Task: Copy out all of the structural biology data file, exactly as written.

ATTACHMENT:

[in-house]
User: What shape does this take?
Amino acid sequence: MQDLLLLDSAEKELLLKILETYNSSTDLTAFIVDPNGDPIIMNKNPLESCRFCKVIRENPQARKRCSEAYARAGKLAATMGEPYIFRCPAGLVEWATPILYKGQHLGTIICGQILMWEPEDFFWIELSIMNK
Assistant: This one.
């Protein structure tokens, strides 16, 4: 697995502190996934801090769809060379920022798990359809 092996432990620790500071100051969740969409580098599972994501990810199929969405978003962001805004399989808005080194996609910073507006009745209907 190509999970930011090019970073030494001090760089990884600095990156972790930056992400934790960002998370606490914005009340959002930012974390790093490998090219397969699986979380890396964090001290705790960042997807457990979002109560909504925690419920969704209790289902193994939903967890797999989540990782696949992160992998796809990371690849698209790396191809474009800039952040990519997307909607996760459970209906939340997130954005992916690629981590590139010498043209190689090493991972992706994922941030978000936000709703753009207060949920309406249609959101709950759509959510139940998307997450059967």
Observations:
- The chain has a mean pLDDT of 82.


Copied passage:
[in-house]
User: What shape does this take?
Amino acid sequence: MQDLLLLDSAEKELLLKILETYNSSTDLTAFIVDPNGDPIIMNKNPLESCRFCKVIRENPQARKRCSEAYARAGKLAATMGEPYIFRCPAGLVEWATPILYKGQHLGTIICGQILMWEPEDFFWIELSIMNK
Assistant: This one.
């Protein structure tokens, strides 16, 4: 697995502190996934801090769809060379920022798990359809 092996432990620790500071100051969740969409580098599972994501990810199929969405978003962001805004399989808005080194996609910073507006009745209907 190509999970930011090019970073030494001090760089990884600095990156972790930056992400934790960002998370606490914005009340959002930012974390790093490998090219397969699986979380890396964090001290705790960042997807457990979002109560909504925690419920969704209790289902193994939903967890797999989540990782696949992160992998796809990371690849698209790396191809474009800039952040990519997307909607996760459970209906939340997130954005992916690629981590590139010498043209190689090493991972992706994922941030978000936000709703753009207060949920309406249609959101709950759509959510139940998307997450059967």
Observations:
- The chain has a mean pLDDT of 82.